In Love’s Garden, many female characters experience this frustrating bind and tug of war between tradition and modernity, and none more so perhaps than my main protagonist Lady Prem Mitter. Many Indian women — like Algerian women after the Algerian War of Independence, but also like American women who were politely led back to kitchens and living rooms after stepping out boldly to aid the war effort during the Second World War — suffered from their continued status as second-class citizens in newly decolonized or cold war contexts. So their experience was unique within the national setting but in some ways not unlike that of twentieth-century women worldwide.
How did British imperial rule change the situation for women?
Ironically, the British did bring about some reforms intended to ‘improve’ the conditions of women in India. One of these was the Widow Remarriage Act of 1876, which is the root triggering event for the life of Saroj, the nineteenth-century widow with whom Love’s Garden begins and the mother of Prem who dominates the rest of the story. Another is the older abolition of ‘Sati,’ or the burning of Hindu widows on the pyres of their husbands, abolished by a British Governor-General in 1833. But the ‘irony’ here, as I began by saying, is that the British were hardly doing these things for Indian women. As one eminent postcolonial scholar, Gayatri Spivak, has eloquently said, they were doing this to show that ‘white men were saving brown women from brown men.’ And behind all these reforms, even, there was often the collusion of powerful Hindu or Muslim men in India with them.
These Indian men benefited in one or another way from interpreting ancient religious texts in ways their new masters preferred them being read for legislative purposes. In other words, even British ‘reforms’ in aid of Indian women were really powerful men of different races, nations, skin colors, and religions getting together and deciding about women’s lives and laws behind closed doors. The Widow Remarriage Act, for instance, led to some widows being forced into marriages with their husbands’ male kin after the husband’s death in order to keep property or land in the family, as happens to Saroj in Love’s Garden. And yet, in such ‘reforms,’ the women’s consent was not sought, and her wishes often dismissed or violated, which is what threatens Saroj. So you could say the British played a very dirty hand and trick when they claimed that they had come to India to be the ‘saviors’ of Indian women, and thereby justified colonial rule.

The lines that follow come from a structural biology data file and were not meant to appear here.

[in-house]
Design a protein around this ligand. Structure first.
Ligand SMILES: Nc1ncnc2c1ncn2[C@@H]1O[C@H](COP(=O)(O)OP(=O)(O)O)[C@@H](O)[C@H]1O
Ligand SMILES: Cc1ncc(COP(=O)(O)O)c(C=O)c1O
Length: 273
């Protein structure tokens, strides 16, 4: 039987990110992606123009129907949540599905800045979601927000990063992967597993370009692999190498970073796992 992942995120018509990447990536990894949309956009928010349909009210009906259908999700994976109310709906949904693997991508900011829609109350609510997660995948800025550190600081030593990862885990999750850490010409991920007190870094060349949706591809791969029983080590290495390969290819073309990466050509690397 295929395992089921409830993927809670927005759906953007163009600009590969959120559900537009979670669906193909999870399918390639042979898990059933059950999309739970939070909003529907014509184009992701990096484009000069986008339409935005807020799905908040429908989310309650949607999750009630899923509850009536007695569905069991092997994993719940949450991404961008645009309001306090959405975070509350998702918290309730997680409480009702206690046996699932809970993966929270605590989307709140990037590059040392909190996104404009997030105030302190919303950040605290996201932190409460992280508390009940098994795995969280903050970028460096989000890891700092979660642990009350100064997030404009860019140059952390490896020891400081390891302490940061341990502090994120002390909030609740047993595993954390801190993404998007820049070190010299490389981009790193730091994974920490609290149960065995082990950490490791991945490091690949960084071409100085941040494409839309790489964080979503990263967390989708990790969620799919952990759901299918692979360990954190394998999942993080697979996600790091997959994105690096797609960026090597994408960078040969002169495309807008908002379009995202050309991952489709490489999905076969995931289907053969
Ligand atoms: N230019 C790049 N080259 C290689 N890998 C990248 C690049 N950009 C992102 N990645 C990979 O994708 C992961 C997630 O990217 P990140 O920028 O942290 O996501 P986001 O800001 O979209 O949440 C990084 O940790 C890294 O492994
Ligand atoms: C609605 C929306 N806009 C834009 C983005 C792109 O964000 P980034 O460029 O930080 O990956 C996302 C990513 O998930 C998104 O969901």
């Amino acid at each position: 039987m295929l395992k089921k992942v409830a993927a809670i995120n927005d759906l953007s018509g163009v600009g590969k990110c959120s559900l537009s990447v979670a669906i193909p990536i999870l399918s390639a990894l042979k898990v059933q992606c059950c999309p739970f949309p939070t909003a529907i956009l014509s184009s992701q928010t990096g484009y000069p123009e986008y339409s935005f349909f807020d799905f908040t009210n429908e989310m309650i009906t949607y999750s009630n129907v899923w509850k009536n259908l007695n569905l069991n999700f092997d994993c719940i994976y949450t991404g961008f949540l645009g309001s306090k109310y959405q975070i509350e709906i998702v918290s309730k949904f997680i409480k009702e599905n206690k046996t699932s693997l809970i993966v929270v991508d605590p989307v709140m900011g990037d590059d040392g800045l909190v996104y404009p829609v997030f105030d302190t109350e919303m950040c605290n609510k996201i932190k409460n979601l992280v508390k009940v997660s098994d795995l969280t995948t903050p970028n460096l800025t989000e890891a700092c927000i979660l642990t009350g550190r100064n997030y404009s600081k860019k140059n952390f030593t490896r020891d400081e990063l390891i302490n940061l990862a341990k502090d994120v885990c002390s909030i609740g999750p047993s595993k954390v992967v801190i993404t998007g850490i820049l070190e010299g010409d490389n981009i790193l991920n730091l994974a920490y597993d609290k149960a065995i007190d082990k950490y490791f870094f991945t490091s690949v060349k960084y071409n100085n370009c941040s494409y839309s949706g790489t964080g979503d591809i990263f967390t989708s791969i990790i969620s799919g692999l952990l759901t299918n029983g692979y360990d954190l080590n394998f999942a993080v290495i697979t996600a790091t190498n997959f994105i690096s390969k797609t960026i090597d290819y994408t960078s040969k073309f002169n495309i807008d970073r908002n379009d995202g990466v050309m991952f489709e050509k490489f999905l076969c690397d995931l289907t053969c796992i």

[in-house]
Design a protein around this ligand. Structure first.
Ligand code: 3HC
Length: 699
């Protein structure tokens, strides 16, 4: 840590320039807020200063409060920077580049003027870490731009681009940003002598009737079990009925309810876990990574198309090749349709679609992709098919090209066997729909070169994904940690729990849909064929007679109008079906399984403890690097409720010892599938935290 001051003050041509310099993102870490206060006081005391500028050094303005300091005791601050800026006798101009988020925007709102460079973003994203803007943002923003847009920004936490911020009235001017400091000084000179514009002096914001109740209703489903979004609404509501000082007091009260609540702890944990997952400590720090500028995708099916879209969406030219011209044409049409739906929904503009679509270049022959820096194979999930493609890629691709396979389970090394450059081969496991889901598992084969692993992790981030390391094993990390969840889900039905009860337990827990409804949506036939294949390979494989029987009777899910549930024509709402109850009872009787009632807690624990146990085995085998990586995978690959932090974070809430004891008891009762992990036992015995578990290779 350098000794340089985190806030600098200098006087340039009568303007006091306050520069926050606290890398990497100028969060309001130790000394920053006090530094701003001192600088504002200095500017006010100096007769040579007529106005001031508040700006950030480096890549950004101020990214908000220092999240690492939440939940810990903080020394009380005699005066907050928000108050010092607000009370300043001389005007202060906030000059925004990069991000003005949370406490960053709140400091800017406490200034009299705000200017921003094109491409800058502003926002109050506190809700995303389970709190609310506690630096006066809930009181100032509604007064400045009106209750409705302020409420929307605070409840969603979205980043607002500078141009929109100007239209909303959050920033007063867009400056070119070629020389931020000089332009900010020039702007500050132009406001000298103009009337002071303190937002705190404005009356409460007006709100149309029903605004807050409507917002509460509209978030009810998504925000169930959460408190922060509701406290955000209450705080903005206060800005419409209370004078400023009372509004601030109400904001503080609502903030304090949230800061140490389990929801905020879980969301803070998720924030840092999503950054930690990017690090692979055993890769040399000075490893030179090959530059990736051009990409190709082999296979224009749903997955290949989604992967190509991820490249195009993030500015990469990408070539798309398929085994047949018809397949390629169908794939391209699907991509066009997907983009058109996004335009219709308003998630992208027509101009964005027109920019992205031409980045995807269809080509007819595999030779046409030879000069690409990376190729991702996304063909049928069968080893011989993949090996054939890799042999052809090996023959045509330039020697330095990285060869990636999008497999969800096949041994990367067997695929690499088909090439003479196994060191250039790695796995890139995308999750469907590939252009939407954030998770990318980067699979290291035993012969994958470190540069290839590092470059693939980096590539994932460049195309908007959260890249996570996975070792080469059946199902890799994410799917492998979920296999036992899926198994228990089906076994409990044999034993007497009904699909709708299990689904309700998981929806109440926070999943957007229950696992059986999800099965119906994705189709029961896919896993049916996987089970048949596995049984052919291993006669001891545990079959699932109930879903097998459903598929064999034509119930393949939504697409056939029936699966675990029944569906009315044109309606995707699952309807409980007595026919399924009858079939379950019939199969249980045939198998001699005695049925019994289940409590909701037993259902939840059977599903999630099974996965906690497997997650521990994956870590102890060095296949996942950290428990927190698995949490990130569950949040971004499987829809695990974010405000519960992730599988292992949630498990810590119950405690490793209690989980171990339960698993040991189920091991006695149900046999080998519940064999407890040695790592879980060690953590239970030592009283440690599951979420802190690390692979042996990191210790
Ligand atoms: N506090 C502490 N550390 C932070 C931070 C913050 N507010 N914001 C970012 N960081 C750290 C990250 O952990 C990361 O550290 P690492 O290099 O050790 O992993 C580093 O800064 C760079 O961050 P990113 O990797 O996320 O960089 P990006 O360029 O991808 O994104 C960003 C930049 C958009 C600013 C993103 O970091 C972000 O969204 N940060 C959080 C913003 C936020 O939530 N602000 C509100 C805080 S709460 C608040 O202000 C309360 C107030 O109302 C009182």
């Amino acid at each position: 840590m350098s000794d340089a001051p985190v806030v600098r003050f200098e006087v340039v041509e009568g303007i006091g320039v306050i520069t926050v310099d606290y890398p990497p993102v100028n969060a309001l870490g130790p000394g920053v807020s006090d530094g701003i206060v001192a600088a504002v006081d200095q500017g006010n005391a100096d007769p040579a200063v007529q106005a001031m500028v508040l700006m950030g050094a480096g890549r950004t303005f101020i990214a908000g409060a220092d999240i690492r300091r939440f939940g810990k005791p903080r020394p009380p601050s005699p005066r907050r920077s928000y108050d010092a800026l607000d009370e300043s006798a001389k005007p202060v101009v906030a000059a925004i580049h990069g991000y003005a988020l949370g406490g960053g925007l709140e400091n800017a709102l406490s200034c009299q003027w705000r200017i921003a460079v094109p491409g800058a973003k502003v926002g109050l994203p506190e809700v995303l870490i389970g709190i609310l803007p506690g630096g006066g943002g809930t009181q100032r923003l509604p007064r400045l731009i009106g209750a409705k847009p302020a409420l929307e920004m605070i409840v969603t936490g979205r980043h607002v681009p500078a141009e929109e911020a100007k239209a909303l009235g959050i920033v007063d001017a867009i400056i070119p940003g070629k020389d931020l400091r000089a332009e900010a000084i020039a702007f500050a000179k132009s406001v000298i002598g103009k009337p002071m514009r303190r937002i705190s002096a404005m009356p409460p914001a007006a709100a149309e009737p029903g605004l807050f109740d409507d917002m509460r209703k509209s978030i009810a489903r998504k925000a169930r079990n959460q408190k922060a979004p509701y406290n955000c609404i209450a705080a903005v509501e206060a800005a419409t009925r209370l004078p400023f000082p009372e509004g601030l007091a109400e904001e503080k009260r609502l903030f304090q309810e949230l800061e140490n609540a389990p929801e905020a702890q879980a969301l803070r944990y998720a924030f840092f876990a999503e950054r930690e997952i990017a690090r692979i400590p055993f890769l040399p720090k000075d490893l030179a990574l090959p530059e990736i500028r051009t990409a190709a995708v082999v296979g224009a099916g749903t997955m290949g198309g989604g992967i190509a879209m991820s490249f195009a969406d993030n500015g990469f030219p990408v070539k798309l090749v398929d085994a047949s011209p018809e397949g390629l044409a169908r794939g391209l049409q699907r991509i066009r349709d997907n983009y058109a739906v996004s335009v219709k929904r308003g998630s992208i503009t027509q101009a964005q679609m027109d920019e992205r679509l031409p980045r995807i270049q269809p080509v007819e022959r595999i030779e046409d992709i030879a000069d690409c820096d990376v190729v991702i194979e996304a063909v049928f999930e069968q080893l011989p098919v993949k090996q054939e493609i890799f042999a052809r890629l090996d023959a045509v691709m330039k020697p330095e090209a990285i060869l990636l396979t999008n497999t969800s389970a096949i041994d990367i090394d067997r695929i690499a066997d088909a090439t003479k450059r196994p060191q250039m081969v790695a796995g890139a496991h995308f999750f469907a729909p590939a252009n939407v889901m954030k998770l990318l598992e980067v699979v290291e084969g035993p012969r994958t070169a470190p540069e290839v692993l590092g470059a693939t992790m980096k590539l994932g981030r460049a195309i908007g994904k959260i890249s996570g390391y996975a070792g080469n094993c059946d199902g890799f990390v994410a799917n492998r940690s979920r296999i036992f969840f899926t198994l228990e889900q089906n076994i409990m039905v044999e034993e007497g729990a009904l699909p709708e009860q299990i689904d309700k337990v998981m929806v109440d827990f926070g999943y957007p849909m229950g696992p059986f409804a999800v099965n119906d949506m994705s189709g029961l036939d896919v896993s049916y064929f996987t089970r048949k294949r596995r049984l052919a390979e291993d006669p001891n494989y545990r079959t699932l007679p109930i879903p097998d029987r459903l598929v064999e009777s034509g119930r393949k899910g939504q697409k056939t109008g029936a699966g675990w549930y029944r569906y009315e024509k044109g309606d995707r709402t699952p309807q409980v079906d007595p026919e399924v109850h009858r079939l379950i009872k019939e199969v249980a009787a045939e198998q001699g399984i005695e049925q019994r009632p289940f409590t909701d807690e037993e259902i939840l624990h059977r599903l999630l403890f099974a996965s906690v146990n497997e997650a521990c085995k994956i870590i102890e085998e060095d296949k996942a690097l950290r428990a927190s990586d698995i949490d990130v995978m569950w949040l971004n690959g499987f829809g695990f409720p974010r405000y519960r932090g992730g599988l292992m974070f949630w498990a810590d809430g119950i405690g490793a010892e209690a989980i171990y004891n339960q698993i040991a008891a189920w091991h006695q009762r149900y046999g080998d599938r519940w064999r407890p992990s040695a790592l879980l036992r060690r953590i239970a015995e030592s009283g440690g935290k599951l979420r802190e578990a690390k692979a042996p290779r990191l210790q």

Foreword’s review compares Love’s Garden to a silent film because of the vibrant scenery and how the characters communicate more through action than dialogue. Would you agree with that, and was it an intentional choice?
Frankly, I’d never really thought of Love’s Garden as cinematic, but many of my readers have actually told me that they read it that way, that it would actually make a great period piece. Hollywood or Bollywood, I’m ready! But yes, I can see this feature in hindsight, though at the time I think my prose was driven as much by sound as by imagery. I tend to write in a style that others have called “lush,” and setting has always excited and energized me. I love world-building, or rather I cannot not do it when I write. I come from a big country with a huge population. Maybe a sort of panoramic/cinemascopic canvas of life and society is in my marrow.
Prem seems to play a large role in this novel, would you say the story is primarily hers? What would you say would be common themes through this family saga?
Yes, I think it is primarily Prem’s story. She is also the bridge between time periods, the link between tradition and modernity that I have mentioned above. Women’s courage, resilience, and friendship are the other dominant themes in the story. Prem is also the primary exponent of those themes, I’d say. I think of her as a bit of an Anna Karenina or even a Nora Helmer, except that she neither dies nor leaves her men behind.
There’s a whole lot of diversity in Love’s Garden, both ethnically and in terms of personalities. Did that reflect Indian society of the time?
I think human society is, in general, full of diversity. India being a country with four thousand years of recorded history and currently a population nudging one and a half billion, fifty-three official languages and thousand of vernaculars, yes, the ethnic diversity is certainly immense. Which also includes the western influence, it is important to note, and the educated Indian tends to be more cosmopolitan than many other people. And while western trade and colonization began in the seventeenth century, India was invaded and occupied by waves of other nationalities from a very early point in time, including the early Aryan or Central Asian tribes who descended on it thousands of years ago, and continuing through Greeks, Bactrians, and later Islamic societies and tribes. Love’s Garden, I hope, opens at least a little window onto the kaleidoscope of cultures, religions, beliefs and practices that India is and was, and probably will always be.